Pillsbury and others at the meeting grilled Agarwal on the potential for Oyo to disrupt the industry in a massive way as it intends to do—while also living up to its rich valuation and high global expectations.
According to Agarwal, Oyo’s humble beginnings aided the company as it launched into international expansion. The company frequently collects comparisons to other successful start-ups of the day. When considering the collapse of overnight successes such as WeWork, it shares the same anxieties as well. Early challenges led Agarwal and his team to make tough decisions about where to put available capital, and sometimes this meant working without pay. Pillsbury said these early lessons served them well.
During the Travel Conversations event, Agarwal and Pillsbury addressed innovation, disruption and challenges going into 2020 in a rapid-fire exchange with 30 senior hospitality and real estate executives representing companies such as Radisson, Choice Hotels, Highgate Ventures, Softbank Investment Advisers and more. The ending of the current cycle was an early topic of conversation, with Pillsbury providing a trenchant overview of where the industry has been in the past 10 years and where it is going.
Agarwal stated that outside of black swan events the industry is expected to stay on track. “As long as any dips in RevPAR remain above hotel revenue, we are good,” he said. “Historically, with the last few recessions that was the case.”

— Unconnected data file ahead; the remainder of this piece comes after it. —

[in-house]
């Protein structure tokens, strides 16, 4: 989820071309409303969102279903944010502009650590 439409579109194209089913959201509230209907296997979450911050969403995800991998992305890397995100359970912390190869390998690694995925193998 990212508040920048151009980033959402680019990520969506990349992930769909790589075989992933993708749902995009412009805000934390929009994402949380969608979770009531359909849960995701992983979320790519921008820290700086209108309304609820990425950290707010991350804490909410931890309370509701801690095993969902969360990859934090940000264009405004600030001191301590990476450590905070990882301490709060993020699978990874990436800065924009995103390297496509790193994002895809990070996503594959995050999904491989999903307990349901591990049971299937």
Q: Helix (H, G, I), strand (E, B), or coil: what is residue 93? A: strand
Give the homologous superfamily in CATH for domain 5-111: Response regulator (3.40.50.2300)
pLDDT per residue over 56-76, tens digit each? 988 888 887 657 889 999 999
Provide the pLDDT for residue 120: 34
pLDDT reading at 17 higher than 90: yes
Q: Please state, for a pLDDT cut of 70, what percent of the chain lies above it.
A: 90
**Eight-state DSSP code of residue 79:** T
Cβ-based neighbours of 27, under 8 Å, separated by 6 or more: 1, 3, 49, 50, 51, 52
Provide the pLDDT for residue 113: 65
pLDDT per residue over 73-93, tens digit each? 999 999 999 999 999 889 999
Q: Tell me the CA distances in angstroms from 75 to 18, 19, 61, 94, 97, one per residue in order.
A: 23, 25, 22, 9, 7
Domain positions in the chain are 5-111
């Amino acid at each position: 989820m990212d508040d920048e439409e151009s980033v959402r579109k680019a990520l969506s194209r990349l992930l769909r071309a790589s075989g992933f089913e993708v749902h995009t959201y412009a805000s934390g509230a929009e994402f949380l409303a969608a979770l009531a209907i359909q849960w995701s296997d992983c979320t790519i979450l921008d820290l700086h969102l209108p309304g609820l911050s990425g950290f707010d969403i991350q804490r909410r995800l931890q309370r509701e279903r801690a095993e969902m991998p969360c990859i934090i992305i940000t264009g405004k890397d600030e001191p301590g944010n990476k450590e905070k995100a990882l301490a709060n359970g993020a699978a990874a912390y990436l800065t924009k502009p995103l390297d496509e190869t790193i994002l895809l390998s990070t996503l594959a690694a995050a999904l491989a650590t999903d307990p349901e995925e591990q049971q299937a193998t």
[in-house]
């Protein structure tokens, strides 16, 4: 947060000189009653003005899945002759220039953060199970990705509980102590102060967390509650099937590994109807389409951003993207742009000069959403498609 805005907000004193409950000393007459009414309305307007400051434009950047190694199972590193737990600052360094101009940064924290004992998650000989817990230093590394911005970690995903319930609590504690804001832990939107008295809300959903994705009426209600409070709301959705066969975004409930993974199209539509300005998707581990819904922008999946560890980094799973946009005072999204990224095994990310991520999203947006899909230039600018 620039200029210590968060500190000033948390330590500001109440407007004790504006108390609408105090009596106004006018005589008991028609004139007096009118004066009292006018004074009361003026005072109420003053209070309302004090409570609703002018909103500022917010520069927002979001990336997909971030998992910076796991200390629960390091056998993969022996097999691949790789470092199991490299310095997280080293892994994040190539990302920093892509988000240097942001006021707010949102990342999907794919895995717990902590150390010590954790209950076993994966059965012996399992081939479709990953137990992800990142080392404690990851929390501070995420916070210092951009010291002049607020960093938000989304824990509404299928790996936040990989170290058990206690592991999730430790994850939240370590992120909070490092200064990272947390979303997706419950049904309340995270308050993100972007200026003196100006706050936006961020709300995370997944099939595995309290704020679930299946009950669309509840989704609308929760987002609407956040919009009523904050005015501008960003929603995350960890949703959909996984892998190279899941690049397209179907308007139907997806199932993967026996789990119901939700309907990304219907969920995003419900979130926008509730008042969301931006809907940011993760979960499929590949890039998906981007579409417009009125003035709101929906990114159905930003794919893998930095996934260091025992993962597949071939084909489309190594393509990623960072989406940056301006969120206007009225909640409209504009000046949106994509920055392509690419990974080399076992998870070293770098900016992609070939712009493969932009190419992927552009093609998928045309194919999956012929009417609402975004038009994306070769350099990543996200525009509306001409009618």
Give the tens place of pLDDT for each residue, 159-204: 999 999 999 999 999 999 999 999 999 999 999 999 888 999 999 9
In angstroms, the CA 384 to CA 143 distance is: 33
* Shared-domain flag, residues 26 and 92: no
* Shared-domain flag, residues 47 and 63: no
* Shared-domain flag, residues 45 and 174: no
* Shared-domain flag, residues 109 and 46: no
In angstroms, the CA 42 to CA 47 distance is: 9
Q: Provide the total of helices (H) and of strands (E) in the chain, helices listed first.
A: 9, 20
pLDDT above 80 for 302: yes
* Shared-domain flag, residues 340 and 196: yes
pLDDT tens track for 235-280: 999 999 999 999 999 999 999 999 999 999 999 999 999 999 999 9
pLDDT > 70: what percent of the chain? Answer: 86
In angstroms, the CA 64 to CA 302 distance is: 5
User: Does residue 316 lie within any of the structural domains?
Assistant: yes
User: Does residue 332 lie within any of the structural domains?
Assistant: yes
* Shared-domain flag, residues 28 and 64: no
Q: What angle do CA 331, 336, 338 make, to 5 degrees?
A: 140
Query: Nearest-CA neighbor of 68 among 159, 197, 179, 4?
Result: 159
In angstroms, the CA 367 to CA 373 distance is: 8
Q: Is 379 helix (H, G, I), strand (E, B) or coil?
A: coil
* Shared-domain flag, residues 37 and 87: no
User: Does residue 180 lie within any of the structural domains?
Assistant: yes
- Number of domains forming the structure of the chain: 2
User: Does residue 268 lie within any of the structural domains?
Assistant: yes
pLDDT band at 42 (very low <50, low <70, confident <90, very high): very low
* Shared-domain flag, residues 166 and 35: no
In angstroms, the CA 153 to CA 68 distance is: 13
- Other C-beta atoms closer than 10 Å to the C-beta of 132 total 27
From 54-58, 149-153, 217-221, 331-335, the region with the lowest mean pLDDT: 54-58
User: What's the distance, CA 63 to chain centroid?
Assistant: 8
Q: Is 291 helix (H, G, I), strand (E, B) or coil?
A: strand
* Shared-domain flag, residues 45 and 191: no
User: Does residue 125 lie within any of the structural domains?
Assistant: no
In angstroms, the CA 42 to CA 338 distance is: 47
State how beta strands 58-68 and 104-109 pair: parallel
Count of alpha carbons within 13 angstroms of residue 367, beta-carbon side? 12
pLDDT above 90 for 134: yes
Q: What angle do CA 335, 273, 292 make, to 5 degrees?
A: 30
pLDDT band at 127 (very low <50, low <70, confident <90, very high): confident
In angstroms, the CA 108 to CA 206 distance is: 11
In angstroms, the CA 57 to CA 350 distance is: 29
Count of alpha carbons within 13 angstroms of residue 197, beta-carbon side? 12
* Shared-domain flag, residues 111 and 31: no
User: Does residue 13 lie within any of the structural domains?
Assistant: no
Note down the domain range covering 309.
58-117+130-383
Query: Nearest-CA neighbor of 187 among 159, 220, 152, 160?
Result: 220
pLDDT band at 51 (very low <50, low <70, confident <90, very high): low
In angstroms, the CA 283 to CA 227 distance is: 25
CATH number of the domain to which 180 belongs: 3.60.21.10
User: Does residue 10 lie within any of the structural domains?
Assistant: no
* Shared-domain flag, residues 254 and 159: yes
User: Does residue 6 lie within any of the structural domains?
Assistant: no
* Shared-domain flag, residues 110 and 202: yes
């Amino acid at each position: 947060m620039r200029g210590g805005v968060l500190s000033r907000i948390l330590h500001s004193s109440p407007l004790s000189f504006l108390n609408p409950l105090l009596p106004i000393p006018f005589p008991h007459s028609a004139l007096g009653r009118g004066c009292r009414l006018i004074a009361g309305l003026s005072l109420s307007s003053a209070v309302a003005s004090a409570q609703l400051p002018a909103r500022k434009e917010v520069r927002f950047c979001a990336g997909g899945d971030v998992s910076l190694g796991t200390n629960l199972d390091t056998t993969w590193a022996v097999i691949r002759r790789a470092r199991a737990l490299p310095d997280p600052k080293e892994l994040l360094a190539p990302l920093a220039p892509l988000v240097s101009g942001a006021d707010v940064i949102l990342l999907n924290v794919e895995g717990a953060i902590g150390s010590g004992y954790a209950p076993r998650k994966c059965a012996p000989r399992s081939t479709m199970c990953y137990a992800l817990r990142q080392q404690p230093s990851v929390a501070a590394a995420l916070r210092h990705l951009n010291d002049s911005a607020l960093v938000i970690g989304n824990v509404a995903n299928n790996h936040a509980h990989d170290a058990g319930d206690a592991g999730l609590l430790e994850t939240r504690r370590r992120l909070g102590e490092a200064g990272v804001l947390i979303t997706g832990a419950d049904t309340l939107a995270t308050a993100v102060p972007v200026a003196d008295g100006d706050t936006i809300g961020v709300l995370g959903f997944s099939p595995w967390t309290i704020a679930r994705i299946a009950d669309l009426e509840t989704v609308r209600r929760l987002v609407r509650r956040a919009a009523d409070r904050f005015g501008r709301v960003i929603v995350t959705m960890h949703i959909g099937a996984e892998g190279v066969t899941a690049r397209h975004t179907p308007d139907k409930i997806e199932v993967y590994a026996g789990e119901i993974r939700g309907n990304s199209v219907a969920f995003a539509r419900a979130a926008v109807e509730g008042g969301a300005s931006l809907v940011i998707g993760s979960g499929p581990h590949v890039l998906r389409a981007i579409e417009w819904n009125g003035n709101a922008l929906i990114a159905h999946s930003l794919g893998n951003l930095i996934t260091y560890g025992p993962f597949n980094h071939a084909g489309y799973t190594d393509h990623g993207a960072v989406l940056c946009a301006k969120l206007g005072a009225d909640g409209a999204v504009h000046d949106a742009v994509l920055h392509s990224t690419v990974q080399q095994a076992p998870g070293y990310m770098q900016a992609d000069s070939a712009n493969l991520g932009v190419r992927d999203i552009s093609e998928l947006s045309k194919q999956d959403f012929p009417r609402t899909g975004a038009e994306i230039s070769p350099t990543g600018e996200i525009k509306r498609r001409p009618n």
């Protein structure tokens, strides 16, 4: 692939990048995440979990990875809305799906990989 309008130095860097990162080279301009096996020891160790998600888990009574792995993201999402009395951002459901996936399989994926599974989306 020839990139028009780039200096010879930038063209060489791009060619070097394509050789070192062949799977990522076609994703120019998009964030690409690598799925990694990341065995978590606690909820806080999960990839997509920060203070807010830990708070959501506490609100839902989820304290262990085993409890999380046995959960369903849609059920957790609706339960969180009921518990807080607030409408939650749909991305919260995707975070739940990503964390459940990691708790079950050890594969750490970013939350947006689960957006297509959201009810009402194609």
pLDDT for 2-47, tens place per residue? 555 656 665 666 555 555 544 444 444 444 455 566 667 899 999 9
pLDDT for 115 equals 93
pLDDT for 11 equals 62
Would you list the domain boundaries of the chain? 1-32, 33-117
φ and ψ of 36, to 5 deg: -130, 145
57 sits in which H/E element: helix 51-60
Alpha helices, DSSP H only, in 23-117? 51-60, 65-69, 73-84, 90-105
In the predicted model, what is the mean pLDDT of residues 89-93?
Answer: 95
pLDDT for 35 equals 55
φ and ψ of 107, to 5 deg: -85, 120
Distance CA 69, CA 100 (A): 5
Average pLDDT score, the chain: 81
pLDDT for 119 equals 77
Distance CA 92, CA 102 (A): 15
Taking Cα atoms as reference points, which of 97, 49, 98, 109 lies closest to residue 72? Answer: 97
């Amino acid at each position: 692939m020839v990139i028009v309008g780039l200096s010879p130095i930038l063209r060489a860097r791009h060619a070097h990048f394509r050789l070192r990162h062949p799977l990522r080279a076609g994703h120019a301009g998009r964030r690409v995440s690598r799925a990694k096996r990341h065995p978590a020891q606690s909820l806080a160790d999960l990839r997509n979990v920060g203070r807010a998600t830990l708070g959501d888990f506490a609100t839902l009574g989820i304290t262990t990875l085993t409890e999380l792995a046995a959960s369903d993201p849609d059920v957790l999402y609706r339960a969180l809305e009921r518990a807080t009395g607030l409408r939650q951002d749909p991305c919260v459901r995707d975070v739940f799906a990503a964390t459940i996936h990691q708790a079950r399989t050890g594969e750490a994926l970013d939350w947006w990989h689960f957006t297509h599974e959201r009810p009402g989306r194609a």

Even so, simply staying the course will require investment. As Pillsbury pointed out, historically, new hotels win out over the old. Elevating aging properties with modern design and technology are the keys to increasing revenue and remaining competitive in the long term.
“In some competitive sets, when you get out of bed in the guestroom, you put your shoes on,” he said. “Can you take a property like that and bring it up to the equivalent of a new hotel at a reasonable price? That is the key here.”
Whither disruption and change?
Agarwal is confident that he can improve any hotel with the right positioning, as long as they are willing to work with his terms. Hoteliers that work with Oyo pay off their investment over time, but the company doesn’t put any debt on its assets. Due to the structure of these relationships, Oyo makes money if hotels are successful, and stands to lose everything in a transaction if metrics don’t improve.